The goal of the initiative, says Publicover, is to address the region's ecological and economic needs through outdoor recreation, resource protection, sustainable forestry and community partnerships.

AMC recognizes that timber management must be a key element of that project, he says, given the importance of the forest products industry to the local economy and its need to pay off the loans it needed to buy almost 70,000 acres of Maine forestland. But it also wants to demonstrate how conservation and wilderness-based recreation can co-exist with sustainable timber-harvesting.

Publicover says AMC hired Old Town-based Huber Resources Corp. as its forest management consultant soon after its 2003 Katahdin Iron Works purchase. The resulting plan designated 10,000 acres as an "ecological reserve" in the northern part of the tract and roughly 15,700 acres as a "general management" area for timber-harvesting.

AMC is managing the ecological reserve as a "forever wild, non-motorized backcountry recreation area" with no harvesting of trees, he says. The relatively young forest there will, over time, grow into a late successional forest that provides habitat for bird species like the pileated woodpecker and mammals like the marten that only thrive in older woods.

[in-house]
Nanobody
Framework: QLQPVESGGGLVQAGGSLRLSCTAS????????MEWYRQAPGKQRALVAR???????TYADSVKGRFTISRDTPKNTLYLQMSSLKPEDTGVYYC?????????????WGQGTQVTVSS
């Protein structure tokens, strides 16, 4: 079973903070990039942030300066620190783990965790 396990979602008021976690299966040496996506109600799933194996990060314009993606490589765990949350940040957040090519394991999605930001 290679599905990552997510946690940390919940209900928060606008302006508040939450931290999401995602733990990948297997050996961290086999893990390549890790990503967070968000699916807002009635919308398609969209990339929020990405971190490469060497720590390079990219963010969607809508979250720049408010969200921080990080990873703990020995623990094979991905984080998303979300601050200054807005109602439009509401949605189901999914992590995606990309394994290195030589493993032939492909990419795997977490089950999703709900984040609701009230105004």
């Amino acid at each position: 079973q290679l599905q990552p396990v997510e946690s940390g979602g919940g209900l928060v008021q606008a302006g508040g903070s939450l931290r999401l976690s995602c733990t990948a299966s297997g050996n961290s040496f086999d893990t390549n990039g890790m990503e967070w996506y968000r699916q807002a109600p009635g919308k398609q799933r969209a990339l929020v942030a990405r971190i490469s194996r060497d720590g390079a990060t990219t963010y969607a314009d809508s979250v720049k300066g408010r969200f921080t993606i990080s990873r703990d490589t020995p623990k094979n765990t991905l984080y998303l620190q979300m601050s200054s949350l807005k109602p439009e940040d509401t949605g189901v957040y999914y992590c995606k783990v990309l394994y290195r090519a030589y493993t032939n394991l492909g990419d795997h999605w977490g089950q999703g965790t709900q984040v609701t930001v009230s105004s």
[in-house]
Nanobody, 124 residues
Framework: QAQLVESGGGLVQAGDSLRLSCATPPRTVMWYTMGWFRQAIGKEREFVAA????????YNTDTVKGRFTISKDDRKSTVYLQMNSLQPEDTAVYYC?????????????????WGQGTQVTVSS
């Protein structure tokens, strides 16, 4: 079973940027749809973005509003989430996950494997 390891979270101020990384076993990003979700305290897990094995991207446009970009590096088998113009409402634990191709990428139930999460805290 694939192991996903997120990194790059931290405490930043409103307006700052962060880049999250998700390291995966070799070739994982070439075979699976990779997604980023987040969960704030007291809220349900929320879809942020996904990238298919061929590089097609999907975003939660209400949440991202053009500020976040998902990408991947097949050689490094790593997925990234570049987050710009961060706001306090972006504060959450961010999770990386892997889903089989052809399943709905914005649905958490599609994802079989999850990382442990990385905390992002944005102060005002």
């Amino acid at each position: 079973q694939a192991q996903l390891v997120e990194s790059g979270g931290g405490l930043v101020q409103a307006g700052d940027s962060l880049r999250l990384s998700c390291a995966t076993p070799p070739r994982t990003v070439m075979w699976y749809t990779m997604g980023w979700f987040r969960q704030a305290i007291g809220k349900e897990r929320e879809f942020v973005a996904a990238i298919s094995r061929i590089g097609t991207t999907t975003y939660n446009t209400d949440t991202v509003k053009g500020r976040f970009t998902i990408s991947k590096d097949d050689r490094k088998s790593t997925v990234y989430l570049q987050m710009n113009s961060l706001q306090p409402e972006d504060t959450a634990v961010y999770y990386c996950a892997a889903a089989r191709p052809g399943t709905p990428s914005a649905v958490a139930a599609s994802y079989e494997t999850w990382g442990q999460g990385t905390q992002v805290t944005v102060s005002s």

Some revenues from the sale of carbon offset credits in the voluntary market, Publicover says, will be set aside by AMC to support a stewardship fund, with the rest supporting the "long-term viability of the Maine Woods Initiative's multiple goals."

But there's an educational bonus as well.

"It also demonstrates the viability of this type of project," he says. "Carbon markets have the potential to help support the conservation of forestland, by encouraging owners to hold onto their trees longer and still make money."

— James McCarthy

In his legal work for the Appalachian Mountain Club and the Maine Appalachian Land Trust, David Kallin has "walked the walk" and then some. This summer he hiked the entire 2,185-mile Appalachian Trail with his wife, their two children and the family dog.